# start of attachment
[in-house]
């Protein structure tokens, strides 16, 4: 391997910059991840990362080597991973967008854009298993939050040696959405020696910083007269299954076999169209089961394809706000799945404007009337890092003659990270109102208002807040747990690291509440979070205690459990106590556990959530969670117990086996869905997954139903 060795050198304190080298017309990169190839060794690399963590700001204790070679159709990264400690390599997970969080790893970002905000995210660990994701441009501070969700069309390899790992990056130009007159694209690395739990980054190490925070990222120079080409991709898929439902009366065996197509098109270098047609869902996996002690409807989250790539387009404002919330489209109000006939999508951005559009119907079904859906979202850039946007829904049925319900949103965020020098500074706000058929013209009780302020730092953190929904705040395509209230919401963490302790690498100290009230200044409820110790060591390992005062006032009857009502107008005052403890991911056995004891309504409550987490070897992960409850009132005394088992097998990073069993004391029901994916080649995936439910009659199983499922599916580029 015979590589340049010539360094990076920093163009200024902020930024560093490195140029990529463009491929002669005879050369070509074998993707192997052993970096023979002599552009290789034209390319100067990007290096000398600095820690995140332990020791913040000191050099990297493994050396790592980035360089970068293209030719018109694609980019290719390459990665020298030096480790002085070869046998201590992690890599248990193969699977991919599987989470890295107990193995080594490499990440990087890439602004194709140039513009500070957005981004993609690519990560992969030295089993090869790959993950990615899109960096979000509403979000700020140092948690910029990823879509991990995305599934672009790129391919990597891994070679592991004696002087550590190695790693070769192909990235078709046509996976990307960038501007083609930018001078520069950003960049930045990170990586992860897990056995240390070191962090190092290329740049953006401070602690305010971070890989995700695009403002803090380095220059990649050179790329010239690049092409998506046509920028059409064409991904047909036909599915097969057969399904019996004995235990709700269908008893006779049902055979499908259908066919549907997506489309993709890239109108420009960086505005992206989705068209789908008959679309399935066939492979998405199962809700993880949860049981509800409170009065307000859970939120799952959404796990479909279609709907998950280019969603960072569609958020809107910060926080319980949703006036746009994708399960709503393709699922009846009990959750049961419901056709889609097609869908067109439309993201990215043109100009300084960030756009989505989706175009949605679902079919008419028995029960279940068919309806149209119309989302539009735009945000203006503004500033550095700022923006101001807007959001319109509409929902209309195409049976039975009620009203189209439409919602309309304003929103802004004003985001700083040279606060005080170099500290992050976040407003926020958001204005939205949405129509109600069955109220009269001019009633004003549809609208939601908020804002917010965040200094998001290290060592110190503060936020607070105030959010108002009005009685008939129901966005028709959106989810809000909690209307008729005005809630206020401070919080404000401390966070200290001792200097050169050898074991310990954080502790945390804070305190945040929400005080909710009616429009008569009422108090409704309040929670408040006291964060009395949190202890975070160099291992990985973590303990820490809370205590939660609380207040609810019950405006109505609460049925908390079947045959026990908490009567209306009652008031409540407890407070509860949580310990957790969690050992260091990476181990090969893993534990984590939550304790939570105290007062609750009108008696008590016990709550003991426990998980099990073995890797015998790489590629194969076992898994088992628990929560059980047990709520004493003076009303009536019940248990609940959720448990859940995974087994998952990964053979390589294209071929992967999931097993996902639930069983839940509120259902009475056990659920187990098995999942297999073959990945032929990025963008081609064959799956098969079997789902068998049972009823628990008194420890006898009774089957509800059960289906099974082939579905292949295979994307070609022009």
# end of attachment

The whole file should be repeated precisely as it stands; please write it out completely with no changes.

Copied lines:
[in-house]
């Protein structure tokens, strides 16, 4: 391997910059991840990362080597991973967008854009298993939050040696959405020696910083007269299954076999169209089961394809706000799945404007009337890092003659990270109102208002807040747990690291509440979070205690459990106590556990959530969670117990086996869905997954139903 060795050198304190080298017309990169190839060794690399963590700001204790070679159709990264400690390599997970969080790893970002905000995210660990994701441009501070969700069309390899790992990056130009007159694209690395739990980054190490925070990222120079080409991709898929439902009366065996197509098109270098047609869902996996002690409807989250790539387009404002919330489209109000006939999508951005559009119907079904859906979202850039946007829904049925319900949103965020020098500074706000058929013209009780302020730092953190929904705040395509209230919401963490302790690498100290009230200044409820110790060591390992005062006032009857009502107008005052403890991911056995004891309504409550987490070897992960409850009132005394088992097998990073069993004391029901994916080649995936439910009659199983499922599916580029 015979590589340049010539360094990076920093163009200024902020930024560093490195140029990529463009491929002669005879050369070509074998993707192997052993970096023979002599552009290789034209390319100067990007290096000398600095820690995140332990020791913040000191050099990297493994050396790592980035360089970068293209030719018109694609980019290719390459990665020298030096480790002085070869046998201590992690890599248990193969699977991919599987989470890295107990193995080594490499990440990087890439602004194709140039513009500070957005981004993609690519990560992969030295089993090869790959993950990615899109960096979000509403979000700020140092948690910029990823879509991990995305599934672009790129391919990597891994070679592991004696002087550590190695790693070769192909990235078709046509996976990307960038501007083609930018001078520069950003960049930045990170990586992860897990056995240390070191962090190092290329740049953006401070602690305010971070890989995700695009403002803090380095220059990649050179790329010239690049092409998506046509920028059409064409991904047909036909599915097969057969399904019996004995235990709700269908008893006779049902055979499908259908066919549907997506489309993709890239109108420009960086505005992206989705068209789908008959679309399935066939492979998405199962809700993880949860049981509800409170009065307000859970939120799952959404796990479909279609709907998950280019969603960072569609958020809107910060926080319980949703006036746009994708399960709503393709699922009846009990959750049961419901056709889609097609869908067109439309993201990215043109100009300084960030756009989505989706175009949605679902079919008419028995029960279940068919309806149209119309989302539009735009945000203006503004500033550095700022923006101001807007959001319109509409929902209309195409049976039975009620009203189209439409919602309309304003929103802004004003985001700083040279606060005080170099500290992050976040407003926020958001204005939205949405129509109600069955109220009269001019009633004003549809609208939601908020804002917010965040200094998001290290060592110190503060936020607070105030959010108002009005009685008939129901966005028709959106989810809000909690209307008729005005809630206020401070919080404000401390966070200290001792200097050169050898074991310990954080502790945390804070305190945040929400005080909710009616429009008569009422108090409704309040929670408040006291964060009395949190202890975070160099291992990985973590303990820490809370205590939660609380207040609810019950405006109505609460049925908390079947045959026990908490009567209306009652008031409540407890407070509860949580310990957790969690050992260091990476181990090969893993534990984590939550304790939570105290007062609750009108008696008590016990709550003991426990998980099990073995890797015998790489590629194969076992898994088992628990929560059980047990709520004493003076009303009536019940248990609940959720448990859940995974087994998952990964053979390589294209071929992967999931097993996902639930069983839940509120259902009475056990659920187990098995999942297999073959990945032929990025963008081609064959799956098969079997789902068998049972009823628990008194420890006898009774089957509800059960289906099974082939579905292949295979994307070609022009």